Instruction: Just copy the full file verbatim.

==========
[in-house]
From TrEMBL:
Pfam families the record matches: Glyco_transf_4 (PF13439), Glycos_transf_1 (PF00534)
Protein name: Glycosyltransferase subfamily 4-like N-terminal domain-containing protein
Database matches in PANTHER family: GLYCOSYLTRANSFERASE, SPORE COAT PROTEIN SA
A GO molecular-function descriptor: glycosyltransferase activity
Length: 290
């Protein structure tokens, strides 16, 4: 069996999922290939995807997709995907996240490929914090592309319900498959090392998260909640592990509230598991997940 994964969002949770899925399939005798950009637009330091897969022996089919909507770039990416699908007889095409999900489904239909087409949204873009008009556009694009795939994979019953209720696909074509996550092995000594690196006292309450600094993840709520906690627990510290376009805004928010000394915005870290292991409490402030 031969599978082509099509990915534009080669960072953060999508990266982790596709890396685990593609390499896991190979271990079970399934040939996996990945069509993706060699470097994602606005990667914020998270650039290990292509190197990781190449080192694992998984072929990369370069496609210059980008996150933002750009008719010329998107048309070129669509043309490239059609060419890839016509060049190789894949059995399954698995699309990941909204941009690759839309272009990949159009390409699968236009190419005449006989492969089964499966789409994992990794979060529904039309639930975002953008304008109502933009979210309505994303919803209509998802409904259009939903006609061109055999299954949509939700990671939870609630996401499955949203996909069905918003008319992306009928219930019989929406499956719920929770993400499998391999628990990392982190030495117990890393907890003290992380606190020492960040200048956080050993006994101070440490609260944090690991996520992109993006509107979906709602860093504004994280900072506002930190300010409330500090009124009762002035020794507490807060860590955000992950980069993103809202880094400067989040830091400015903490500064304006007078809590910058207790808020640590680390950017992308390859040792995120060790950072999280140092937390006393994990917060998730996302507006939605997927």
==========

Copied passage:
[in-house]
From TrEMBL:
Pfam families the record matches: Glyco_transf_4 (PF13439), Glycos_transf_1 (PF00534)
Protein name: Glycosyltransferase subfamily 4-like N-terminal domain-containing protein
Database matches in PANTHER family: GLYCOSYLTRANSFERASE, SPORE COAT PROTEIN SA
A GO molecular-function descriptor: glycosyltransferase activity
Length: 290
């Protein structure tokens, strides 16, 4: 069996999922290939995807997709995907996240490929914090592309319900498959090392998260909640592990509230598991997940 994964969002949770899925399939005798950009637009330091897969022996089919909507770039990416699908007889095409999900489904239909087409949204873009008009556009694009795939994979019953209720696909074509996550092995000594690196006292309450600094993840709520906690627990510290376009805004928010000394915005870290292991409490402030 031969599978082509099509990915534009080669960072953060999508990266982790596709890396685990593609390499896991190979271990079970399934040939996996990945069509993706060699470097994602606005990667914020998270650039290990292509190197990781190449080192694992998984072929990369370069496609210059980008996150933002750009008719010329998107048309070129669509043309490239059609060419890839016509060049190789894949059995399954698995699309990941909204941009690759839309272009990949159009390409699968236009190419005449006989492969089964499966789409994992990794979060529904039309639930975002953008304008109502933009979210309505994303919803209509998802409904259009939903006609061109055999299954949509939700990671939870609630996401499955949203996909069905918003008319992306009928219930019989929406499956719920929770993400499998391999628990990392982190030495117990890393907890003290992380606190020492960040200048956080050993006994101070440490609260944090690991996520992109993006509107979906709602860093504004994280900072506002930190300010409330500090009124009762002035020794507490807060860590955000992950980069993103809202880094400067989040830091400015903490500064304006007078809590910058207790808020640590680390950017992308390859040792995120060790950072999280140092937390006393994990917060998730996302507006939605997927």